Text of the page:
"It is difficult to get a man to understand a thing when his salary depends on his not understanding it." — Upton Sinclair, on numerous occasions.
Some of you may have heard about AP writer Patrick Condon’s recent piece about the role of Minnesota conservative blogger (and former Research Director for the Minnesota Republican Party) Michael "Minnesota Democrats Exposed" Brodkorb in attacking Al Franken.
Condon’s article read as a classic puff piece. If it wasn’t for Condon’s writing skills being several notches above Brodkorb’s (that is to say that Condon actually writes as if he made it alive out of his seventh-grade English class), one could suspect the man known in local blogging circles as "STB" (Spawn of Turd Blossom) of having written it himself.
Other local bloggers and independent journalists such as MN Blue and Minnesota Monitor‘s Paul Schmelzer have already teed off on the piece, but since it was aimed at a national audience, I felt that a response in a nationally-read (and in fact internationally-read) blog was in order.
First of all, there’s this:
Brodkorb shrugs off Democrats’ claims that he’s a Republican operative by saying he’s never been paid to blog. He said he earns a living through corporate, non-political consulting work, and would disclose on his blog if he does any paid campaign work this year.
And then there’s this:
The blog started as a labor of love, he said.
"I do think it has some influence right now, but that’s never what I sat down to do. This was always about a political junkie looking for an outlet," Brodkorb said.
Condon, in his effort to imply that Brodkorb was just some guy who just happens to write a blog (or rather, blogs; more on that later) attacking Minnesota Democratic candidates for office, left off big swaths of Brodkorb’s résumé.
Condon didn’t mention Brodkorb’s extensive work for Weber Johnson, a political consulting firm run by Joe Weber, the brother of Vin Weber, former Minnesota GOP congressman and one of the top movers and shakers in the national conservative Republican scene. He also chose not to mention Brodkorb’s being paid over $4500 per month by the 2006 Senatorial campaign of Republican Mark Kennedy as a "part-time press consultant"; that amount, per Minnesota Monitor, made him the fifth-highest-paid member of Kennedy’s campaign, garnering more even than Kennedy’s own press secretary; it was also more than what was paid to all but the top three persons in Democratic opponent (and eventual winner) Amy Klobuchar’s campaign. He also was paid by Michele Bachmann’s congressional campaign, something else Condon chose not to discuss. Condon didn’t even bother to ask who’s currently paying Brodkorb’s freight, which is an odd omission considering Brodkorb’s long history as a paid political operative.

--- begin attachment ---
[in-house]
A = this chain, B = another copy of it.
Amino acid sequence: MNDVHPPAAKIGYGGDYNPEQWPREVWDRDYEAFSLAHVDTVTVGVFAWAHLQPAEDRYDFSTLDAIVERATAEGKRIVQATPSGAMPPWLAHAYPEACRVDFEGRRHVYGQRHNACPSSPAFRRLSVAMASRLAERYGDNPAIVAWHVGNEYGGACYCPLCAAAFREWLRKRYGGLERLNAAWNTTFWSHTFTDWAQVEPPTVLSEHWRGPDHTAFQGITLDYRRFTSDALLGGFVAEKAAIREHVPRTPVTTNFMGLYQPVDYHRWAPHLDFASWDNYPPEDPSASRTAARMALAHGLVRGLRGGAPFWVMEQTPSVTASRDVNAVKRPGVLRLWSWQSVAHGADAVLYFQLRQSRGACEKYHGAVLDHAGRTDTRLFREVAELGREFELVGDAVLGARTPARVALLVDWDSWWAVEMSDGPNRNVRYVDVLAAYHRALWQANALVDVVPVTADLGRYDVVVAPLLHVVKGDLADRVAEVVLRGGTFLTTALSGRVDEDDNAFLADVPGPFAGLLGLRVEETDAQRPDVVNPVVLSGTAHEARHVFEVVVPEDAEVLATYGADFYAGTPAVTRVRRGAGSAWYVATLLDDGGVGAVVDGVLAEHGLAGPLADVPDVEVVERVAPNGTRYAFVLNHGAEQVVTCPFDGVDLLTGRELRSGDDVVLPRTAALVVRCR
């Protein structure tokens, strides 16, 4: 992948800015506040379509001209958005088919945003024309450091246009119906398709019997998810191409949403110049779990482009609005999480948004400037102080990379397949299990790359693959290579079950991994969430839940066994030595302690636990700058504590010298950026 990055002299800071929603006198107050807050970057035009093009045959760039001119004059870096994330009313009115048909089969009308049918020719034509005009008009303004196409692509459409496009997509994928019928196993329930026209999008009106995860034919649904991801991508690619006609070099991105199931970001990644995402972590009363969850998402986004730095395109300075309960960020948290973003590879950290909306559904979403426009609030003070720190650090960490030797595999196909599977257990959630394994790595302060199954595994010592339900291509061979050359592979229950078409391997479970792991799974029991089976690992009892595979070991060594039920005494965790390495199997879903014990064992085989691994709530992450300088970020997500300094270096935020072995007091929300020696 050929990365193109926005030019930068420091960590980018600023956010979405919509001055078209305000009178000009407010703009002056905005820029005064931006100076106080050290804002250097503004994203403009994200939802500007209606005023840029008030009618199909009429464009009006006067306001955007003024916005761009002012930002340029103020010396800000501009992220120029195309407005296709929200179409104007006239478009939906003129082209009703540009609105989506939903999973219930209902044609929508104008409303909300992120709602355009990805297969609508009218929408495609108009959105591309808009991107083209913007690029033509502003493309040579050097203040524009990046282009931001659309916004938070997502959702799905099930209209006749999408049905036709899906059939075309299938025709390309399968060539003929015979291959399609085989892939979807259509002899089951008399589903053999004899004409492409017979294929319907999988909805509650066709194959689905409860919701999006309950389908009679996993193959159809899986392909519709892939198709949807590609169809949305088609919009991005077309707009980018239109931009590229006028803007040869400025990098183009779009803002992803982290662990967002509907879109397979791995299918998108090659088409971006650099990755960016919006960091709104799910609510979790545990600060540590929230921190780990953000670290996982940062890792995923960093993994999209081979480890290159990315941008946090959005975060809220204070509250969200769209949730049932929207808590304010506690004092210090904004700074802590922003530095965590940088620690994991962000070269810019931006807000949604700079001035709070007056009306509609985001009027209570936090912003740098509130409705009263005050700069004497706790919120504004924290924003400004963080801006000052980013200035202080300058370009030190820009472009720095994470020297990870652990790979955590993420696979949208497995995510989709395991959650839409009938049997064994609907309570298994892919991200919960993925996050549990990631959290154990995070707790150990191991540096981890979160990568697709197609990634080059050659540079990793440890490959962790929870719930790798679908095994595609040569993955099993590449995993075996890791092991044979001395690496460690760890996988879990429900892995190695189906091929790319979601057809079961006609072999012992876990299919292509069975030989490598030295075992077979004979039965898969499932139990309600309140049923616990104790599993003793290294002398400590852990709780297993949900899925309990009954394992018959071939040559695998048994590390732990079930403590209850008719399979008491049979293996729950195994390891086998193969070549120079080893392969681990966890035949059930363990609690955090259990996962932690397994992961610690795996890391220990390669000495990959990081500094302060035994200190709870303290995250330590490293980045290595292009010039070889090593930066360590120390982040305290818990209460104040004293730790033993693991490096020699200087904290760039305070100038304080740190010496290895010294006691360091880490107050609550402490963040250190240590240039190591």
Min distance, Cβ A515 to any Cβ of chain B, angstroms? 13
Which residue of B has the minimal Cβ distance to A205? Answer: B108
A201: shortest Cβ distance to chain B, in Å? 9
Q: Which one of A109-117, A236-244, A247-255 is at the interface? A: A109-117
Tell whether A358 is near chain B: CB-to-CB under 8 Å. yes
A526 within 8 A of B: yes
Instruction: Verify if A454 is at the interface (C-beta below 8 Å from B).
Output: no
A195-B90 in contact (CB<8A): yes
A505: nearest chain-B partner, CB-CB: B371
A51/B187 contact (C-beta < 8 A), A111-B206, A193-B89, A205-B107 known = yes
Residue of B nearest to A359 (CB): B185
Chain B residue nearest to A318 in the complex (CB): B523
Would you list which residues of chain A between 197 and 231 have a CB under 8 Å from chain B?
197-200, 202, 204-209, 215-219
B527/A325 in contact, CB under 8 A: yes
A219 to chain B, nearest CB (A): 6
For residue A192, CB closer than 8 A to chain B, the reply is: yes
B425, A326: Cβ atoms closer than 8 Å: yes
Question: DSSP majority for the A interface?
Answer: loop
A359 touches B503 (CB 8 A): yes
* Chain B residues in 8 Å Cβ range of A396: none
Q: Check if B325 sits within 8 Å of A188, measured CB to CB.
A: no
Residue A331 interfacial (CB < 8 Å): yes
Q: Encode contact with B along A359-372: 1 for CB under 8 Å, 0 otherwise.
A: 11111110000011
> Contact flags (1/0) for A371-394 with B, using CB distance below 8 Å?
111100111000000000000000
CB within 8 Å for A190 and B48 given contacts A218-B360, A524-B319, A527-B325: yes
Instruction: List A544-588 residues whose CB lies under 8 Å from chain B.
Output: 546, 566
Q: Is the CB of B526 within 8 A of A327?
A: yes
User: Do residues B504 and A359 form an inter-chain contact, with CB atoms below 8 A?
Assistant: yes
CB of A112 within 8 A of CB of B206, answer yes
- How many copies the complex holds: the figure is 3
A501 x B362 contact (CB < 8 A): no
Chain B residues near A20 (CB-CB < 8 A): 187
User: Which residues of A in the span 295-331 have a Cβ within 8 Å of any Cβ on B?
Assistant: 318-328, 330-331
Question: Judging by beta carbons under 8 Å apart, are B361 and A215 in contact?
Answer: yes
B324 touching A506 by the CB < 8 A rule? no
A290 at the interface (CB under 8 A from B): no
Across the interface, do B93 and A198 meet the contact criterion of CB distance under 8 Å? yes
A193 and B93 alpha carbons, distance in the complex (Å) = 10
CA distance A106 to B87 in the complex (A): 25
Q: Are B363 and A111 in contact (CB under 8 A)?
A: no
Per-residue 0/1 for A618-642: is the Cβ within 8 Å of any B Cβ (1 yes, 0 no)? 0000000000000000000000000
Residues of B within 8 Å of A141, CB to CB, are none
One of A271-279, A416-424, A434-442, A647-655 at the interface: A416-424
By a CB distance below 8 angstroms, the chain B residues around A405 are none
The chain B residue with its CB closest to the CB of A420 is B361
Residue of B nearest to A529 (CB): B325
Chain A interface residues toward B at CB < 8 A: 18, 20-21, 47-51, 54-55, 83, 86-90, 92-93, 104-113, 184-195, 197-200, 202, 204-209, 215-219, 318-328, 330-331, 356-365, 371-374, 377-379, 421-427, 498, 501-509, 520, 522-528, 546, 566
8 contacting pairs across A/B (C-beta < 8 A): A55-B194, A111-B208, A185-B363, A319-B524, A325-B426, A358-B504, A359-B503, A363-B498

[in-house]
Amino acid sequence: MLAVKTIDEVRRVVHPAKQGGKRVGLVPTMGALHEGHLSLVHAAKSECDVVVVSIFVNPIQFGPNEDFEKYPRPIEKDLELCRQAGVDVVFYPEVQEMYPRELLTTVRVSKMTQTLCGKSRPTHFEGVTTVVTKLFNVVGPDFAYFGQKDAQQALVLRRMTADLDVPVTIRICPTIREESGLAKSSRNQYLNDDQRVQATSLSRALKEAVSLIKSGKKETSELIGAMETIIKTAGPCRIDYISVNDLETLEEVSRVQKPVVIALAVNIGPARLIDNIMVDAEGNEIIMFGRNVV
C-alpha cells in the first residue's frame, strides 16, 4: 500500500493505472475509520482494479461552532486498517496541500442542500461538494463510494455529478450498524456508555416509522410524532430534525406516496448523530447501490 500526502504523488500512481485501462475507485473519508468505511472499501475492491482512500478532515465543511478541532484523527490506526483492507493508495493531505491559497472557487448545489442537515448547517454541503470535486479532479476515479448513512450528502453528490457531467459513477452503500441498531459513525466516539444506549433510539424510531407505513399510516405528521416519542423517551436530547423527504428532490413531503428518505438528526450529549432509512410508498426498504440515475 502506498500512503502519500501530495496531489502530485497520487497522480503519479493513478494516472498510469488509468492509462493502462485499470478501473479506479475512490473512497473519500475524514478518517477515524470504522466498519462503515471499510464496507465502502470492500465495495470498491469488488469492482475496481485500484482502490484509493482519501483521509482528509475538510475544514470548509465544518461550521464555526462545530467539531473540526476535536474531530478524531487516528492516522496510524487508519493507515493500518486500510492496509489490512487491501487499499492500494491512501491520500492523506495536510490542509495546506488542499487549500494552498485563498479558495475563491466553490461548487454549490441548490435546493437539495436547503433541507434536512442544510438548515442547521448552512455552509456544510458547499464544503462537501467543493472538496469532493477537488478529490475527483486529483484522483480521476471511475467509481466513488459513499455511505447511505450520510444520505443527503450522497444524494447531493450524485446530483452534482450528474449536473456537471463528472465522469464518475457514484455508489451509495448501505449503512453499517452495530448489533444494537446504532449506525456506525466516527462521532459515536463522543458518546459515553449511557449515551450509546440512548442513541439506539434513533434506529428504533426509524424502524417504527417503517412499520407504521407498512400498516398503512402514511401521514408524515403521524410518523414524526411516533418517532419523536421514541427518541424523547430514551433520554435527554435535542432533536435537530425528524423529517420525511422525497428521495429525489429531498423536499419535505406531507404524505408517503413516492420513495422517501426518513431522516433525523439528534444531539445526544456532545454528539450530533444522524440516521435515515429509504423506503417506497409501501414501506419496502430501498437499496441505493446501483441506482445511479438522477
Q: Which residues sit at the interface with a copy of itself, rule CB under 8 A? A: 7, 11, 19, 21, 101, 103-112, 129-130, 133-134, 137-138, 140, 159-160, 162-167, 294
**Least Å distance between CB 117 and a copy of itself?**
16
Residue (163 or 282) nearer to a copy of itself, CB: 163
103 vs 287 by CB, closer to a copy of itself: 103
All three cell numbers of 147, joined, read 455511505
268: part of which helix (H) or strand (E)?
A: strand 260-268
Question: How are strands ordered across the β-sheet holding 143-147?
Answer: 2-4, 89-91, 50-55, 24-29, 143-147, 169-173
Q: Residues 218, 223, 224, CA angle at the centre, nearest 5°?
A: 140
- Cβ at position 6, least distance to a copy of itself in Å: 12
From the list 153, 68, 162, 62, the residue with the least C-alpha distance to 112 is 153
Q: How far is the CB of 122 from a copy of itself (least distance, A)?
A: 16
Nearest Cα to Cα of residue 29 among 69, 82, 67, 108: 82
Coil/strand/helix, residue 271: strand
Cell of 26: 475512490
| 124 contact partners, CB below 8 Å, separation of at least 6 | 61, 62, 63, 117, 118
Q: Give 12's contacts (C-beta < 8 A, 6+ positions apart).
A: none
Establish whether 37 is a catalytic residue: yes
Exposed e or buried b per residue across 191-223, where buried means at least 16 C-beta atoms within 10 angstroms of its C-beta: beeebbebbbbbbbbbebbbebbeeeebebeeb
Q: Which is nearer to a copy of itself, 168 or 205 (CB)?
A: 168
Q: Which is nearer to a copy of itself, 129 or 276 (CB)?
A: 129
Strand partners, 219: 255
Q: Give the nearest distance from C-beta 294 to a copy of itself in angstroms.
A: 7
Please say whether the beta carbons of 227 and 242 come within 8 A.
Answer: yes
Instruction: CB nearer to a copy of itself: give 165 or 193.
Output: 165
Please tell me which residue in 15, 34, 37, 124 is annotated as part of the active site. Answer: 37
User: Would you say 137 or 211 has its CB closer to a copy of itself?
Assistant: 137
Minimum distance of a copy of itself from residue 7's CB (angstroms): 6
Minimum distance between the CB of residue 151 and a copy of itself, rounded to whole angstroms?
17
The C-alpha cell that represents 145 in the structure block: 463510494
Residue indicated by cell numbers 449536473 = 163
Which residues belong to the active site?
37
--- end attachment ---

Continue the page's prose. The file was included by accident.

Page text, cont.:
Second of all, we have this:
Brodkorb started Minnesota Democrats Exposed anonymously in 2004, when he was still a paid employee of the state Republican Party. He outed himself in 2006 only after a Democratic public relations consultant sued him for defamation for an item Brodkorb posted. A judge dismissed the lawsuit last year, saying Brodkorb deserved the same legal protections as newspapers and traditional broadcasters against lawsuits by public figures.
Um, no. The truth is that he mistakenly outed himself months earlier when he posted via email and the process left his name on the post. Eva Young at Lloydletta’s Nooz and Comments first speculated about Brodkorb in September 2005 in "Is Michael Brodkorb the Elusive MDE". Young’s net-educated guess was confirmed in October 2005 when the DFLBlog (kept by two DFLers but not an official party blog) posted that Brodkorb’s name, email address, and cell phone number appeared at the end of a post pimping the improved Pawlenty for Governor site. "Reluctantly Exposing Minnesota Democrats Exposed" includes a screen shot of the incriminating MDE post, a smaller version of which graces the top of my post here. Young picked up on this in two subsequent posts, here and here. Curiously, despite the clear evidence offered by the bloggers, Minnesota’s press corps continued the polite fiction that the identity of MDE was a mystery, right up to the time Brodkorb actually admitted to being MDE. (His track record on disclosure is still pretty shaky, as Shakesville’s Jeff Fecke shows at his own blog here and local blogger Flash at Centristy shows here, here, and here. As Flash says in a recent comment at The Cucking Stool, another local blog: "As someone who admits his career is in politics and specifically oppo research and press consulting, where, pray tell, has he received a penny from since November 2006, ’cause he hasn’t disclosed it.")